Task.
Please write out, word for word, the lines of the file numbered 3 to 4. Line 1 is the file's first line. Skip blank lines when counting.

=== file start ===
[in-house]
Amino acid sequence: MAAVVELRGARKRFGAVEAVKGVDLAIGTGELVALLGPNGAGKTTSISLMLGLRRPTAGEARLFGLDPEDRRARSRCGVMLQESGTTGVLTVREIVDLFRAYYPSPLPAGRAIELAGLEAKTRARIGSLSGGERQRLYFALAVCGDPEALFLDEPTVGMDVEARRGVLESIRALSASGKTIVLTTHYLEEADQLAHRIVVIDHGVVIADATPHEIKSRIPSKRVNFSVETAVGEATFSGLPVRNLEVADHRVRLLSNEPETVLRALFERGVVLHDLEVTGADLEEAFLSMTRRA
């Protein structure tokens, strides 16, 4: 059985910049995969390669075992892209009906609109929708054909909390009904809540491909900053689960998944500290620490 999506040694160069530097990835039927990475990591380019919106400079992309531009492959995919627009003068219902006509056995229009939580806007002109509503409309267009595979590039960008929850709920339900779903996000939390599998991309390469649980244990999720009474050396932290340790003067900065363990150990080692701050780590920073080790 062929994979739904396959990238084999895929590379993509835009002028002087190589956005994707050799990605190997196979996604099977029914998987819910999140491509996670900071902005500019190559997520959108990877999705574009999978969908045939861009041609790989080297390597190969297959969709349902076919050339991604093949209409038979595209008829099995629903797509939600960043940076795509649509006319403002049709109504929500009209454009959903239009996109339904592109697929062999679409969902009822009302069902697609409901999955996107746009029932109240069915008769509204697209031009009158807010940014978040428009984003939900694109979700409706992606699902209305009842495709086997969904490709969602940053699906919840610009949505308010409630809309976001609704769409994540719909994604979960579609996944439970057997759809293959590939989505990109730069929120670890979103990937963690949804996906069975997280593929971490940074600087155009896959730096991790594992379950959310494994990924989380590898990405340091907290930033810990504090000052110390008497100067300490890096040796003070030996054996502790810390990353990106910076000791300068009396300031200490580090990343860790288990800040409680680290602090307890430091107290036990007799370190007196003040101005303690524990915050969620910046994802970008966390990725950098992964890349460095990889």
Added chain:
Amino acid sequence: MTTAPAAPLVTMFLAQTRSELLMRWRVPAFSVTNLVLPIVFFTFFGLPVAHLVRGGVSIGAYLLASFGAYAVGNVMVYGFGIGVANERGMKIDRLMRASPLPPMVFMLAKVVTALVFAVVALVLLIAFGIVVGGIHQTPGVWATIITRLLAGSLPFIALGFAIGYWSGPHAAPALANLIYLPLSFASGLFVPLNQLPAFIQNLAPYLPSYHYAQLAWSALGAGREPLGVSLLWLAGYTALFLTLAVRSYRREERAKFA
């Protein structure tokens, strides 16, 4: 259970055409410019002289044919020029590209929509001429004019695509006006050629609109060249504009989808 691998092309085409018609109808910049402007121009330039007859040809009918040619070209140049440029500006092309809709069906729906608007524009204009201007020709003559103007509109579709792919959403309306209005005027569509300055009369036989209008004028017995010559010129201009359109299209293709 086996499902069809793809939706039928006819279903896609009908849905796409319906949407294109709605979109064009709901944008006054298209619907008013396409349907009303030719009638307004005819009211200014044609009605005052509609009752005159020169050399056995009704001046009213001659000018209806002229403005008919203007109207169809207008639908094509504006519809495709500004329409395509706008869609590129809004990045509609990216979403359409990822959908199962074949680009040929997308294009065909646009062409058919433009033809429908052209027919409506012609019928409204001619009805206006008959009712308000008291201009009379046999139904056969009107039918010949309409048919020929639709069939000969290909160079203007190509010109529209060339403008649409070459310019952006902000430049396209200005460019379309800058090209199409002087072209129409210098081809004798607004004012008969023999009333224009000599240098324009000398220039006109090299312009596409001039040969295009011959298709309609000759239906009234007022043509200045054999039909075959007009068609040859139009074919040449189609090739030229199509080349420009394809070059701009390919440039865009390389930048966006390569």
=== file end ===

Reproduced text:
């Protein structure tokens, strides 16, 4: 059985910049995969390669075992892209009906609109929708054909909390009904809540491909900053689960998944500290620490 999506040694160069530097990835039927990475990591380019919106400079992309531009492959995919627009003068219902006509056995229009939580806007002109509503409309267009595979590039960008929850709920339900779903996000939390599998991309390469649980244990999720009474050396932290340790003067900065363990150990080692701050780590920073080790 062929994979739904396959990238084999895929590379993509835009002028002087190589956005994707050799990605190997196979996604099977029914998987819910999140491509996670900071902005500019190559997520959108990877999705574009999978969908045939861009041609790989080297390597190969297959969709349902076919050339991604093949209409038979595209008829099995629903797509939600960043940076795509649509006319403002049709109504929500009209454009959903239009996109339904592109697929062999679409969902009822009302069902697609409901999955996107746009029932109240069915008769509204697209031009009158807010940014978040428009984003939900694109979700409706992606699902209305009842495709086997969904490709969602940053699906919840610009949505308010409630809309976001609704769409994540719909994604979960579609996944439970057997759809293959590939989505990109730069929120670890979103990937963690949804996906069975997280593929971490940074600087155009896959730096991790594992379950959310494994990924989380590898990405340091907290930033810990504090000052110390008497100067300490890096040796003070030996054996502790810390990353990106910076000791300068009396300031200490580090990343860790288990800040409680680290602090307890430091107290036990007799370190007196003040101005303690524990915050969620910046994802970008966390990725950098992964890349460095990889």
Added chain: